WWF: Baltic Sea ecosystem is on the verge of destruction
Isn't one Dead Sea sufficient?
The Dead Sea is a landlocked desert sea but the Baltic Sea is only one fragment of the entire system of oceans of our planet.
How exactly does one part die and not affect the whole?
Nina Kolyako, BC, Riga/Stockholm
The Baltic Sea's ecosystem is on the verge of destruction due to the increasing spread of the so-called marine dead zones, where nothing can survive due to lack of oxygen, says an announcement by the World Wildlife Fund (WWF).
"In the Baltic Sea, the marine dead zones could cause a total collapse of the entire ecosystem if their spread is permitted to continue," head of the WWF's Swedish branch, Lasse Gustavsson, said in a statement, asking the Baltic Sea region to start an urgent and active fight against the pollution.
The main reason that causes spreading of the marine dead zones is the pollution and excessive amount of phosphorus that comes from agriculture and other runoff.
Nitrogen and phosphorus in the sea water act as fertilizers and enhance the growth of algae...
For the rest, go here.
Meantime fertilizer for crops is in short supply with fast rising prices. The effect is particularly devastating for farmers in poor countries and consequently for hungry citizens. Raping - er, mining phosphorus has been unkind to some others.
The mining of phosphate on the island of Nauru, located in a remote corner of the Pacific Ocean, has devastated the island environmentally and has created financial, legal, and cultural problems for the islanders. The phosphate is used as a fertilizer around the world and the majority of it has been exported to Australia. The mineral is located among the ancient coral reefs found underground. Mining the phosphate, however, destroys the vegetation and soil of the island. Phosphate is the primary basis for the economy, and with the depletion of the mineral, Nauru is left with nothing to trade. Thus, the island faces virtual economic collapse. Today, Nauru's problems are becoming increasingly acute, as the phosphate on the island has been exhausted, and mining has virtually ceased. As such, the government of Nauru is looking into the question of responsibility for the ecological disaster raging on the island, and is looking into ways to rehabilitate the island.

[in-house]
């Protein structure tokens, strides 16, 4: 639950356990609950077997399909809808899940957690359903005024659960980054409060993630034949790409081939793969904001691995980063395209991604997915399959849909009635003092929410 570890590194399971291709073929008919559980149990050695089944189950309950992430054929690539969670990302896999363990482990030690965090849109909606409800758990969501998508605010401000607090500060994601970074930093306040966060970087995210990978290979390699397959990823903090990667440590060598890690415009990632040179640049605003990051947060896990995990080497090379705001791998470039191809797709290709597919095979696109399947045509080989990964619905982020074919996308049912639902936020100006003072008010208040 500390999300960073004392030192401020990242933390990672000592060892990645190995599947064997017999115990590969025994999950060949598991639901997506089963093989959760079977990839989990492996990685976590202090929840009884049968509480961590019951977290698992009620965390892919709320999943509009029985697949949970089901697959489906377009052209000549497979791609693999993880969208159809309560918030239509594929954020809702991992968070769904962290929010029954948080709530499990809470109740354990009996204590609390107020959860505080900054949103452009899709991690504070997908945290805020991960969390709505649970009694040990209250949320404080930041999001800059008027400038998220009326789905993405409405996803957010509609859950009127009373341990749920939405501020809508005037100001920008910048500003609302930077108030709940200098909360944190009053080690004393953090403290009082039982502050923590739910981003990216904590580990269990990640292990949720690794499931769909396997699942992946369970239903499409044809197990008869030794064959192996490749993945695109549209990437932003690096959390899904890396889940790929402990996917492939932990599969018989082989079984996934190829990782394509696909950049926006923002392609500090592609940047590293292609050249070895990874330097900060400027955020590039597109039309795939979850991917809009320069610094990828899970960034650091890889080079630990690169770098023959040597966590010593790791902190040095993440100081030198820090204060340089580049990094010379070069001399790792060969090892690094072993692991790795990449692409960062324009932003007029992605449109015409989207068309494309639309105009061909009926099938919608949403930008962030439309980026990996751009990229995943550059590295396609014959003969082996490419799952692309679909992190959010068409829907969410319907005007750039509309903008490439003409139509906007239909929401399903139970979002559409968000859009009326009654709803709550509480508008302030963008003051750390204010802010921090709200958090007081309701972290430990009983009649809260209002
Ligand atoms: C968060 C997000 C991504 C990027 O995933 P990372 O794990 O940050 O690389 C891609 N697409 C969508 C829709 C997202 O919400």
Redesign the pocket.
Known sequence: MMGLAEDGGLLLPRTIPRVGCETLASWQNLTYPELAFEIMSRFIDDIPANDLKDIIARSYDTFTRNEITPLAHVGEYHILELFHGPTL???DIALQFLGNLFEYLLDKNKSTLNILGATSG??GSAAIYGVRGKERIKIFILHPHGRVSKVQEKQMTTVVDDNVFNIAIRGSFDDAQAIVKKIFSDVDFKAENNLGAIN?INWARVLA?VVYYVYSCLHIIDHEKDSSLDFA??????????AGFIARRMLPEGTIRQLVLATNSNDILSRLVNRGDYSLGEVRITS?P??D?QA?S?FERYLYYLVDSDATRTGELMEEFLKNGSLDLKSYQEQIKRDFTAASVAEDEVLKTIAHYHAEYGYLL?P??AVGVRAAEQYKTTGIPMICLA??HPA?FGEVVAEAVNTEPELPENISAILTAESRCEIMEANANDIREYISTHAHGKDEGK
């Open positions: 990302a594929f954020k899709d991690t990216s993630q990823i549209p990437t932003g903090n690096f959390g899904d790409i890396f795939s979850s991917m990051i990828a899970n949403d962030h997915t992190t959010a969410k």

Lots 'a luck, people. Maybe you can become a tourist attraction like my grandmother's Lapland origins as you head towards extinction.
But what's dreary without a bit of cheer?
VANCOUVER, June 23 PRNewswire-FirstCall - Brian Nichols, President of First American Scientific Corp. (FASC) is pleased to announce that we have received an order to deliver the first of 4 KDS systems to Baltica Invest AS of Norway which will be used to a dryer/grinder of sea-bed algae found in remote regions of Northern Europe. Baltica and its partners operate several dredging and reclamation sites where water bound algae is being developed into a high nutrient fertilizer.
Hey, these penny-pitching promoters, who have had worse luck than Wil E. Coyote with innumerable schemes, may again be onto something - or maybe not.
I tried to see what Baltica Invest is really doing but failed miserably. Lots of Balticas and I don't speak Viking.
My main beef with the gentle organic people, so beloved here, is that not only do they prescribe band-aids for cancer but actively resist therapeutic treatment with sometimes fraudulent propaganda. In this they track the FDA divines who prevent dying patients from getting access to possibly life-saving drugs because they might not cure everyone or, worse, cost them their immortal souls. See War on Drugs for details.
Die, Baltic Sea, die. Who needs you? The Nauruvians can sink beneath the seas as well for all we care. And so the Saamis have trouble selling radioactive reindeer meat? So what? Sandy Claus can always use more reindeer that glow in the dark.